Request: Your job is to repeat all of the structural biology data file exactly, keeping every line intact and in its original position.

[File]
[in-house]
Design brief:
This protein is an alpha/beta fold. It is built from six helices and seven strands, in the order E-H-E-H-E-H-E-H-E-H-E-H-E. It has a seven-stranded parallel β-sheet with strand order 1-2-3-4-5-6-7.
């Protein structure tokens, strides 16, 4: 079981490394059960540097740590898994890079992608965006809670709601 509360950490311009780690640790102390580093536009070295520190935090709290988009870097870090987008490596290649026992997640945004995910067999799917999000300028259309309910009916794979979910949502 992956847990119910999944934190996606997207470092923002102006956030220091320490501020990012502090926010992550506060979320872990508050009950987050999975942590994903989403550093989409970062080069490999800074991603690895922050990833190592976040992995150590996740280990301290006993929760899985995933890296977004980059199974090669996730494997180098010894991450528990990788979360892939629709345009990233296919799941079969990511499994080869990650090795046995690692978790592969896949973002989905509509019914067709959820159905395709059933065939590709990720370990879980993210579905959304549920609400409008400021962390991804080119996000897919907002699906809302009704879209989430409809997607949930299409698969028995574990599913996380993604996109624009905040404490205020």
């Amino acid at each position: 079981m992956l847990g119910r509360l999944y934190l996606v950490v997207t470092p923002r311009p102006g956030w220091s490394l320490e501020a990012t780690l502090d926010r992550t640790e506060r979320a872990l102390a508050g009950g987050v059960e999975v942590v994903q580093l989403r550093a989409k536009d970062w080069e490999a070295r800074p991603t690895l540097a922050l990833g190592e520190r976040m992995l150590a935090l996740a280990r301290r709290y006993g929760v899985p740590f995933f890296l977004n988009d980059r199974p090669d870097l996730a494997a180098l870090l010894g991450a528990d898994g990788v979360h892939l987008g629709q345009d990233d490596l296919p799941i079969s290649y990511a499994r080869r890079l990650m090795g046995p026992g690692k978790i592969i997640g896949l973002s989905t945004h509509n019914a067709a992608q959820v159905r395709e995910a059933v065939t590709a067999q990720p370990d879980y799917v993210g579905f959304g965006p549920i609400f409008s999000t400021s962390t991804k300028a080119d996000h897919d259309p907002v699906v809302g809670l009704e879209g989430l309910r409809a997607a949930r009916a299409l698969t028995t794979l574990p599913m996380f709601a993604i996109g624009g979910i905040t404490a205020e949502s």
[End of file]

[in-house]
Design brief:
This protein is an alpha/beta fold. It is built from six helices and seven strands, in the order E-H-E-H-E-H-E-H-E-H-E-H-E. It has a seven-stranded parallel β-sheet with strand order 1-2-3-4-5-6-7.
């Protein structure tokens, strides 16, 4: 079981490394059960540097740590898994890079992608965006809670709601 509360950490311009780690640790102390580093536009070295520190935090709290988009870097870090987008490596290649026992997640945004995910067999799917999000300028259309309910009916794979979910949502 992956847990119910999944934190996606997207470092923002102006956030220091320490501020990012502090926010992550506060979320872990508050009950987050999975942590994903989403550093989409970062080069490999800074991603690895922050990833190592976040992995150590996740280990301290006993929760899985995933890296977004980059199974090669996730494997180098010894991450528990990788979360892939629709345009990233296919799941079969990511499994080869990650090795046995690692978790592969896949973002989905509509019914067709959820159905395709059933065939590709990720370990879980993210579905959304549920609400409008400021962390991804080119996000897919907002699906809302009704879209989430409809997607949930299409698969028995574990599913996380993604996109624009905040404490205020």
């Amino acid at each position: 079981m992956l847990g119910r509360l999944y934190l996606v950490v997207t470092p923002r311009p102006g956030w220091s490394l320490e501020a990012t780690l502090d926010r992550t640790e506060r979320a872990l102390a508050g009950g987050v059960e999975v942590v994903q580093l989403r550093a989409k536009d970062w080069e490999a070295r800074p991603t690895l540097a922050l990833g190592e520190r976040m992995l150590a935090l996740a280990r301290r709290y006993g929760v899985p740590f995933f890296l977004n988009d980059r199974p090669d870097l996730a494997a180098l870090l010894g991450a528990d898994g990788v979360h892939l987008g629709q345009d990233d490596l296919p799941i079969s290649y990511a499994r080869r890079l990650m090795g046995p026992g690692k978790i592969i997640g896949l973002s989905t945004h509509n019914a067709a992608q959820v159905r395709e995910a059933v065939t590709a067999q990720p370990d879980y799917v993210g579905f959304g965006p549920i609400f409008s999000t400021s962390t991804k300028a080119d996000h897919d259309p907002v699906v809302g809670l009704e879209g989430l309910r409809a997607a949930r009916a299409l698969t028995t794979l574990p599913m996380f709601a993604i996109g624009g979910i905040t404490a205020e949502s």